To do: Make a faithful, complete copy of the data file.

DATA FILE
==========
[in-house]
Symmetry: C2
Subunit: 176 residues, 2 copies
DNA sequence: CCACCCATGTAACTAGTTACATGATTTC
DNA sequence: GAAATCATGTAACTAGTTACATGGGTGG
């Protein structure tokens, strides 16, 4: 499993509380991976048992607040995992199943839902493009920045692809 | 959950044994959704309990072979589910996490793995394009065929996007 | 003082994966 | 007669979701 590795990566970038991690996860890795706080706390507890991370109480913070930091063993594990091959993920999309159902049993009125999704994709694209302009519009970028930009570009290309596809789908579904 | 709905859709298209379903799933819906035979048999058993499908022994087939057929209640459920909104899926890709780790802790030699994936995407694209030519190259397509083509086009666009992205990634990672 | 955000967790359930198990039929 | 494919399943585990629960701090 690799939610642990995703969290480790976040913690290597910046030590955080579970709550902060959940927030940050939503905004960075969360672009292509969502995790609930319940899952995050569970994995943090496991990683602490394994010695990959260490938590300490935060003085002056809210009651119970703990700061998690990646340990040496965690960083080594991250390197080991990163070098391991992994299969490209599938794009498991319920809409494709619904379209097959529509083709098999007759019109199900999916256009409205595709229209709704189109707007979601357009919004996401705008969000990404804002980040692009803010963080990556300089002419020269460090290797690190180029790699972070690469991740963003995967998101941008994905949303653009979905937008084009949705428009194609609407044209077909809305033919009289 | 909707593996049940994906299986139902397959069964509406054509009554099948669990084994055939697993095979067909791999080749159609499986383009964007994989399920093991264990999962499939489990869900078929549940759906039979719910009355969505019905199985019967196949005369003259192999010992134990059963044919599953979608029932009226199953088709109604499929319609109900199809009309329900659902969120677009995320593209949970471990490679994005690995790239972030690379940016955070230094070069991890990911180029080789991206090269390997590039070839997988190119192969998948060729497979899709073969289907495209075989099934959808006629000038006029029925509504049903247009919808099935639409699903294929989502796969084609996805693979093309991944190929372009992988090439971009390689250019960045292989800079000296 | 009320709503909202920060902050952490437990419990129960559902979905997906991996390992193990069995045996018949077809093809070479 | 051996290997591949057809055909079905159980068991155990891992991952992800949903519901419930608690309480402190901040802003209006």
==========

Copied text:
[in-house]
Symmetry: C2
Subunit: 176 residues, 2 copies
DNA sequence: CCACCCATGTAACTAGTTACATGATTTC
DNA sequence: GAAATCATGTAACTAGTTACATGGGTGG
């Protein structure tokens, strides 16, 4: 499993509380991976048992607040995992199943839902493009920045692809 | 959950044994959704309990072979589910996490793995394009065929996007 | 003082994966 | 007669979701 590795990566970038991690996860890795706080706390507890991370109480913070930091063993594990091959993920999309159902049993009125999704994709694209302009519009970028930009570009290309596809789908579904 | 709905859709298209379903799933819906035979048999058993499908022994087939057929209640459920909104899926890709780790802790030699994936995407694209030519190259397509083509086009666009992205990634990672 | 955000967790359930198990039929 | 494919399943585990629960701090 690799939610642990995703969290480790976040913690290597910046030590955080579970709550902060959940927030940050939503905004960075969360672009292509969502995790609930319940899952995050569970994995943090496991990683602490394994010695990959260490938590300490935060003085002056809210009651119970703990700061998690990646340990040496965690960083080594991250390197080991990163070098391991992994299969490209599938794009498991319920809409494709619904379209097959529509083709098999007759019109199900999916256009409205595709229209709704189109707007979601357009919004996401705008969000990404804002980040692009803010963080990556300089002419020269460090290797690190180029790699972070690469991740963003995967998101941008994905949303653009979905937008084009949705428009194609609407044209077909809305033919009289 | 909707593996049940994906299986139902397959069964509406054509009554099948669990084994055939697993095979067909791999080749159609499986383009964007994989399920093991264990999962499939489990869900078929549940759906039979719910009355969505019905199985019967196949005369003259192999010992134990059963044919599953979608029932009226199953088709109604499929319609109900199809009309329900659902969120677009995320593209949970471990490679994005690995790239972030690379940016955070230094070069991890990911180029080789991206090269390997590039070839997988190119192969998948060729497979899709073969289907495209075989099934959808006629000038006029029925509504049903247009919808099935639409699903294929989502796969084609996805693979093309991944190929372009992988090439971009390689250019960045292989800079000296 | 009320709503909202920060902050952490437990419990129960559902979905997906991996390992193990069995045996018949077809093809070479 | 051996290997591949057809055909079905159980068991155990891992991952992800949903519901419930608690309480402190901040802003209006």